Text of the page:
[8][Kerry Skemp in News –]

Wholesome Frame

“Privateering” should not be the center of the health care issue

First, let us distinguish between health care and health insurance. Health insurance companies make their money by denying health care: either refusing to insure people with preconditions, turning down recommended procedures, or limiting the amount to be paid out for some condition…

This is the opposite of the way most markets work. In a typical market, companies that provide more of their product tend to make more money. In health insurance, the product is health care. But the more care an insurance company provides, the less profit it makes. In a normal market, greater competition helps consumers. But with health insurance, competition is competition for profits, not for delivering care. Greater competition for profits thus means competition to deliver less care, which harms consumers. Health insurance is thus an anti-market phenomenon.

Second, health insurance greatly adds to the cost of care. While Medicare has administrative costs of 3 percent, HMOs [Health Maintenance Organizations] have administrative costs of about 25 percent. Most of that money is spent on determining ways to deny care. On top of that, HMOs make a considerable profit, so that administrative costs plus profit amount to more than it would take to insure everyone under a Medicare-for-all or single-payer plan.

Third, health care falls under the moral mission of the government to protect its citizens from the ravages of disease, or injury, or the natural decay of the body as one ages. Sooner or later all our citizens will need health care.

Other forms of protection for the public do not require insurance. The police don’t ask whether you have insurance and are up on your premiums when a burglar breaks into your house, nor does the fire department when your house catches fire. Basic protection is, or should be, a function of government, and that includes health security.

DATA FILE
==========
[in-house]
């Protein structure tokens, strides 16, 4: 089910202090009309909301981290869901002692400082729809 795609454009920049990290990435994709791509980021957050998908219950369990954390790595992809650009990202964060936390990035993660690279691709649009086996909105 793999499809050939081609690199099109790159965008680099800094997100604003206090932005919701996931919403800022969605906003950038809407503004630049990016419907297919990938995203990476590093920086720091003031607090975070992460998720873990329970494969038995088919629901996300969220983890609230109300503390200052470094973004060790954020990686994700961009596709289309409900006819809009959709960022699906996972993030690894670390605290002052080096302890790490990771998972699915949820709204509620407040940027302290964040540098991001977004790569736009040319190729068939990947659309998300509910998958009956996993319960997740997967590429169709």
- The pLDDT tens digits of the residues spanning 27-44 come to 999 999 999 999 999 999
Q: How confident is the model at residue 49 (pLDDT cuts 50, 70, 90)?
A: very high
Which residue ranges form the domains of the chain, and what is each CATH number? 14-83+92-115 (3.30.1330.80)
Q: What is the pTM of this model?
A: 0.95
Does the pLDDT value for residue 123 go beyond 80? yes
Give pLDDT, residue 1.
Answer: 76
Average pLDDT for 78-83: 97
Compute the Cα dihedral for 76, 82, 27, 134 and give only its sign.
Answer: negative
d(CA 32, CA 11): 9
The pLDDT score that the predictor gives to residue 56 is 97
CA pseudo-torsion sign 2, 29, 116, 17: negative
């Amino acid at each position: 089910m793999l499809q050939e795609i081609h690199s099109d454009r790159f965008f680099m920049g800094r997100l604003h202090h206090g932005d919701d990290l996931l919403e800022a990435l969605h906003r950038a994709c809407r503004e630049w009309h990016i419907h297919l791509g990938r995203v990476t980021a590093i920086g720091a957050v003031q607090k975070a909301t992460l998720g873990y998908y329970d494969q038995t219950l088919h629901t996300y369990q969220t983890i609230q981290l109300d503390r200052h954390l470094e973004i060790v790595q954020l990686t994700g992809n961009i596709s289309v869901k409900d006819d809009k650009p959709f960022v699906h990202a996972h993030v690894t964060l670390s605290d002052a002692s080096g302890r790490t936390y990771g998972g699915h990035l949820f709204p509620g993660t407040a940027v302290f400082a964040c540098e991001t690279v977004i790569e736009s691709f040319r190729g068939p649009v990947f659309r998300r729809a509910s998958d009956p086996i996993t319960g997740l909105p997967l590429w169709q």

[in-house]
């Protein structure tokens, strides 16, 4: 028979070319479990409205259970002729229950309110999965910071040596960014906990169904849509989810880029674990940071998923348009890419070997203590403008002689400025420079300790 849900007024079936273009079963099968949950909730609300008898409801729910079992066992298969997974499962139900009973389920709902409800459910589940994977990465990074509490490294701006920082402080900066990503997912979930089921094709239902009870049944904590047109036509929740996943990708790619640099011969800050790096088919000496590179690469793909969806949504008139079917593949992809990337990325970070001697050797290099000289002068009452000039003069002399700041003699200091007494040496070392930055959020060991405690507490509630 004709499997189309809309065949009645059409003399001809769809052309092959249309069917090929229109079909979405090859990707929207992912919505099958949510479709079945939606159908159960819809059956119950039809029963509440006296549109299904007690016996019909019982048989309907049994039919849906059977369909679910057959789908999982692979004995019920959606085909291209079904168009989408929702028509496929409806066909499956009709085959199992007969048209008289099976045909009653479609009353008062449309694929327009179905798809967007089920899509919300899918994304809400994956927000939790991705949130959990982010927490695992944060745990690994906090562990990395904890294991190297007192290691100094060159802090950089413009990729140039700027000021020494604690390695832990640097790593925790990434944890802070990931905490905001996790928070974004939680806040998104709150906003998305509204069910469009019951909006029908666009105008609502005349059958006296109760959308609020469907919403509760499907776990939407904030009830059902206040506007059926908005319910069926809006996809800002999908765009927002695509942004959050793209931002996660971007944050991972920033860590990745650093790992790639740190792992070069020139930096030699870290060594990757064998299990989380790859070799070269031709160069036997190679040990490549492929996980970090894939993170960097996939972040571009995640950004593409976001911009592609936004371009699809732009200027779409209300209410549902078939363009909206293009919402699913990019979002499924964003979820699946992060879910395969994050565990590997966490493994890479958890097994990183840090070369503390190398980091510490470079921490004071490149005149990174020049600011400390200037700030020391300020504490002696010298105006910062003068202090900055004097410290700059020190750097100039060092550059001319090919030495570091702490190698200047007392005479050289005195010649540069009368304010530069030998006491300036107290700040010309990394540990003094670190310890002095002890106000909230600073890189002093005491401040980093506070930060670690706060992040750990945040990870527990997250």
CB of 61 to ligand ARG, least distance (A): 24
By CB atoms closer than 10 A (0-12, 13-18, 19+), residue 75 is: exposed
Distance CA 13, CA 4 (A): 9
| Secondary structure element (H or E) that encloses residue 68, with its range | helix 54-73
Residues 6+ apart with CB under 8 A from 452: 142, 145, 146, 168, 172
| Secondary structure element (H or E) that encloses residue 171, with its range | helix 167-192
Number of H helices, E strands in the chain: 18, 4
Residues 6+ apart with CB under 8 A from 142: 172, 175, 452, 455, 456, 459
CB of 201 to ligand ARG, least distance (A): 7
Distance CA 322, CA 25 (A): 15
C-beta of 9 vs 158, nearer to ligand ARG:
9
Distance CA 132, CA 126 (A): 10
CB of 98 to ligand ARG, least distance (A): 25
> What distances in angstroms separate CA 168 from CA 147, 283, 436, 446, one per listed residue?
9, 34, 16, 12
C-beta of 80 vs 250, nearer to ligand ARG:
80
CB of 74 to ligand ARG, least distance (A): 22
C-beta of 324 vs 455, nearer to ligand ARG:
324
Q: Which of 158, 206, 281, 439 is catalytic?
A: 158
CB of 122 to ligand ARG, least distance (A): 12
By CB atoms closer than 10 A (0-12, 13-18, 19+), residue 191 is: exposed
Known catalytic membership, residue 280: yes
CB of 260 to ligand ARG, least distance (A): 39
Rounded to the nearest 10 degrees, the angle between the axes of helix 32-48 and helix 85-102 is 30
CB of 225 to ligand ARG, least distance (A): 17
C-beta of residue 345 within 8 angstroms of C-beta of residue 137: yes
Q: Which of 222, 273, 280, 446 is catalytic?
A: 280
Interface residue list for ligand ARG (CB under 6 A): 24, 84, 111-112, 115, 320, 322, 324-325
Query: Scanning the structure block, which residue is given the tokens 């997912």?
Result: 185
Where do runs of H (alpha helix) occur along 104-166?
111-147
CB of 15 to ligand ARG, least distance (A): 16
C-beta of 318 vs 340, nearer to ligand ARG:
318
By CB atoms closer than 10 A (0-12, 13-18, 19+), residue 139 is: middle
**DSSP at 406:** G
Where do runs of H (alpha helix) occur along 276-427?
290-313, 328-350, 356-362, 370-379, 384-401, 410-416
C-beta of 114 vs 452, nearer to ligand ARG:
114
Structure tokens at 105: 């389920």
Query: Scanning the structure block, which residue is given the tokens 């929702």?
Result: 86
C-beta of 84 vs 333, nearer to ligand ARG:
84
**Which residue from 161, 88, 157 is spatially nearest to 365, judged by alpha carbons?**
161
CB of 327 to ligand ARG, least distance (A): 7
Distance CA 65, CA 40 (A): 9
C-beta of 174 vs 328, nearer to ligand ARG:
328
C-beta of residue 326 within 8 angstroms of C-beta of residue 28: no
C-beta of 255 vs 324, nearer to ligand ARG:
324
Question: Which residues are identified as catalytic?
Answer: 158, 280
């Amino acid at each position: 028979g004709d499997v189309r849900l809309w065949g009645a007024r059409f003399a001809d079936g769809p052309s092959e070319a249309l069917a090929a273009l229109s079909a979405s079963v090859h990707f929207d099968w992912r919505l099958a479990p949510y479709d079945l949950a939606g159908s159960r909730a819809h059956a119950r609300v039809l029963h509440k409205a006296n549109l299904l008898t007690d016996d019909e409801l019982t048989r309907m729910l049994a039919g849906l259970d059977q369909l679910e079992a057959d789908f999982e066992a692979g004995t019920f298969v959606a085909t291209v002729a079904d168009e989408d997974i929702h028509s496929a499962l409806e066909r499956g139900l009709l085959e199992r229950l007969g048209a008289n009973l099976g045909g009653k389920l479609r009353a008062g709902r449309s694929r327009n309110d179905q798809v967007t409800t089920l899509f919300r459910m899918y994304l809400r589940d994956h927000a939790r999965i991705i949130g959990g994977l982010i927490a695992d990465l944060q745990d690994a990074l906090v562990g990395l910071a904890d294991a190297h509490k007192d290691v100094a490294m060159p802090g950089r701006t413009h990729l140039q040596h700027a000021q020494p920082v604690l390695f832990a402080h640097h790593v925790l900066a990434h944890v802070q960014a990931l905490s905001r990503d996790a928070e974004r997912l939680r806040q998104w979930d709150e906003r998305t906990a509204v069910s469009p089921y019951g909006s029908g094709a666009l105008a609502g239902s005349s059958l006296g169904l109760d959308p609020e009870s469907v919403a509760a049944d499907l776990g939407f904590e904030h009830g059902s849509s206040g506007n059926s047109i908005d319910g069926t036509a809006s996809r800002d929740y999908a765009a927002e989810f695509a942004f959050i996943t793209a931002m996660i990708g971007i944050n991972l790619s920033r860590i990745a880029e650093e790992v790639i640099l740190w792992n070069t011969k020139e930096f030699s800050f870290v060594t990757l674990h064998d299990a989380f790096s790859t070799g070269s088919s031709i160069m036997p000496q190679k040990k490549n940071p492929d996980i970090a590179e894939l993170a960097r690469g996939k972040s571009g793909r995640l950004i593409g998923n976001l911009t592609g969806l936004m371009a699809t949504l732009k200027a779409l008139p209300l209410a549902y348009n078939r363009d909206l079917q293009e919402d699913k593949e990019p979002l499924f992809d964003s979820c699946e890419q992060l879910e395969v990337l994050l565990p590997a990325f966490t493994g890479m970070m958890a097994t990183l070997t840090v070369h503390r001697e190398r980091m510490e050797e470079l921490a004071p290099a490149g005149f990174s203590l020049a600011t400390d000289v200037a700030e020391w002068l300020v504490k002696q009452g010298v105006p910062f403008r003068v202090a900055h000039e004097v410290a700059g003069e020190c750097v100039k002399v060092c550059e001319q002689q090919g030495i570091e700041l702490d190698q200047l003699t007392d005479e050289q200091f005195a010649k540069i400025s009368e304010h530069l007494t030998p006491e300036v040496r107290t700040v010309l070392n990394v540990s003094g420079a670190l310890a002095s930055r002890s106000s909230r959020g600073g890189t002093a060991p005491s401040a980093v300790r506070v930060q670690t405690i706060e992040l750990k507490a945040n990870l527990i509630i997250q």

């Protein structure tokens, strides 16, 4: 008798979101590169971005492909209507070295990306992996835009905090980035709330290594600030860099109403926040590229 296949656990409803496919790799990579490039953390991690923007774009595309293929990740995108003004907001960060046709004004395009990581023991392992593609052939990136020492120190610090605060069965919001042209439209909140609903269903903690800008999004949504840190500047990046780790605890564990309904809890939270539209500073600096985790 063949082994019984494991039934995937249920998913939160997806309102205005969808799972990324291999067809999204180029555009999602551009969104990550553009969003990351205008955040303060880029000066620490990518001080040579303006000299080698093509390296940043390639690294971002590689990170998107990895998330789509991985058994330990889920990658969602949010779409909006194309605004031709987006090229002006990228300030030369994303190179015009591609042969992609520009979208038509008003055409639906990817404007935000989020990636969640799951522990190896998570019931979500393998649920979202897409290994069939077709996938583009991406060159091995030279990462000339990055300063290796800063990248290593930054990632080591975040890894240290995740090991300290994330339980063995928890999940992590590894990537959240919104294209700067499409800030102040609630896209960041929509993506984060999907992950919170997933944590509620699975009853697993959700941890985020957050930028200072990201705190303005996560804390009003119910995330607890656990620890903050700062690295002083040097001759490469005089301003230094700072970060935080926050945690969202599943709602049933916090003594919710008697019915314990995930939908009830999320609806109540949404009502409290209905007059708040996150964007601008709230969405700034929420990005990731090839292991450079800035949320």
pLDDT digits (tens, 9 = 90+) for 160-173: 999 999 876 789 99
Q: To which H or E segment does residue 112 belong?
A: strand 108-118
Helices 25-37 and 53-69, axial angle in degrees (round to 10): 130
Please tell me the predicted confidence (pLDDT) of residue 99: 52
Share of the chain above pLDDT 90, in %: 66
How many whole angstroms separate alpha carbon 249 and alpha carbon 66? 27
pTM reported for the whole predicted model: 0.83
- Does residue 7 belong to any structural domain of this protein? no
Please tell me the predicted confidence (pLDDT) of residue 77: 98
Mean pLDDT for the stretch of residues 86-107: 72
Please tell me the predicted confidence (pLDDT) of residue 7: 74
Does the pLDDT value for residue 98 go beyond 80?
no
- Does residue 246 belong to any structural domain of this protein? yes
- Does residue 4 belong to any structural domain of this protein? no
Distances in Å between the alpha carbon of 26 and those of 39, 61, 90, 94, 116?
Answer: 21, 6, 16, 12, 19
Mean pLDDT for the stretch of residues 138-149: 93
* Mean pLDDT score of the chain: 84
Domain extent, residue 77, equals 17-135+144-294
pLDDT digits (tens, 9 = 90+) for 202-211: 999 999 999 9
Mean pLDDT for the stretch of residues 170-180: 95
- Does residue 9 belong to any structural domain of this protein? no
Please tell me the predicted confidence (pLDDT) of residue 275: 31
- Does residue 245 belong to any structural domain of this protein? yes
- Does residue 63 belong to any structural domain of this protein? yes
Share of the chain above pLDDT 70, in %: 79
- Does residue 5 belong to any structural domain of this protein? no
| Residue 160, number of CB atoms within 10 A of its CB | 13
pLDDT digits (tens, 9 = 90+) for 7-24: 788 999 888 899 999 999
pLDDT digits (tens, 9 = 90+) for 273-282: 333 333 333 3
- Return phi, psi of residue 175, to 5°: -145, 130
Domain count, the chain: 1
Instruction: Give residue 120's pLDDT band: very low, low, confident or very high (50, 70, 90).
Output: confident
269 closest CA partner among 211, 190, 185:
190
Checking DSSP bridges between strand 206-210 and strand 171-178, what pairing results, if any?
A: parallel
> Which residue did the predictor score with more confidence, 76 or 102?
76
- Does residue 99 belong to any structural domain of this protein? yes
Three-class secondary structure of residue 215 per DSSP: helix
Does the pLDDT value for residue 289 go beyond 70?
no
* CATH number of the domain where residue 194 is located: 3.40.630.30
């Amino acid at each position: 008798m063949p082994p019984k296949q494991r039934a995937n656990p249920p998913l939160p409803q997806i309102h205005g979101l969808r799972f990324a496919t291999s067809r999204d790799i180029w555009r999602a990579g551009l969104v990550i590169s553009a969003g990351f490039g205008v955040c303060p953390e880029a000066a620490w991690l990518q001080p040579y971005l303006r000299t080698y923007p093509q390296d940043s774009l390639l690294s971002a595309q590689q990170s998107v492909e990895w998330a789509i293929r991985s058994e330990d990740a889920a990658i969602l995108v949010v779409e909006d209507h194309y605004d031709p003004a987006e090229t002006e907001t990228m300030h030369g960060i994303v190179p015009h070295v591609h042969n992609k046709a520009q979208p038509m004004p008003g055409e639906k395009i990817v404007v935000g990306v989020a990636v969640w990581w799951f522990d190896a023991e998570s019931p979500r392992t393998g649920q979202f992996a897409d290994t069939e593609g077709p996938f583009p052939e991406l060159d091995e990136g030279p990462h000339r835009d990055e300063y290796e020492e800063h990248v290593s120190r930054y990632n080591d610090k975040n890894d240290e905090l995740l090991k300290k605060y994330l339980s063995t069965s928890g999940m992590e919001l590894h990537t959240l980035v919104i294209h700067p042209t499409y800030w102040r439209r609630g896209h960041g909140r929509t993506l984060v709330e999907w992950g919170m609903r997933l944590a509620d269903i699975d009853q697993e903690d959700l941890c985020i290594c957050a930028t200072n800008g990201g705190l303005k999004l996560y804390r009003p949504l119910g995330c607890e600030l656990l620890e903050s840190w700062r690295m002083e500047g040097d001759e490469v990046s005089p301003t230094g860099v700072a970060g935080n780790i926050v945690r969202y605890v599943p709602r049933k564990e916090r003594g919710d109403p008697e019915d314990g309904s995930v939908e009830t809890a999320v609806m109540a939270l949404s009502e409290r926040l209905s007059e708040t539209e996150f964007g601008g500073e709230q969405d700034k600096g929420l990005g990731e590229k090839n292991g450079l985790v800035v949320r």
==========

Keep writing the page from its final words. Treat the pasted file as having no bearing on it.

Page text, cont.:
But conservatives favor privateering—eliminating the capacity of government to provide health security through Medicare and then placing health care in the hands of insurance companies whose main mission is making money and who make their money by denying care.

Here government functioning is prevented … [by privateering enablers] from doing its job, and private companies make lots of profit as a result, often on government contracts. (Lakoff, 2008, p.????)

Minds, Hearts & Souls Working Together

I disagree with both Heraclitus and Lao Tzu, who

likewise taught that dark and light, yin and yang, are intertwined, and the ego’s attempt to treat them separately, or favor one over the other, is the source of error and conflict.[Unified Reality Theory?10]

I believe that to favour one over the other can be the sensible wholesome right thing to do. I also disagree that

there’s nothing that exists which shouldn’t exit. (Kaufman, 2001, p. 357)

In the here and now, I agree, we cannot be other than we are and our conditions cannot be other than what they are—but that only holds for this present moment. Opportunity for change is already possible in the next moment if we are willing to realize change.

It is as simple as pressing this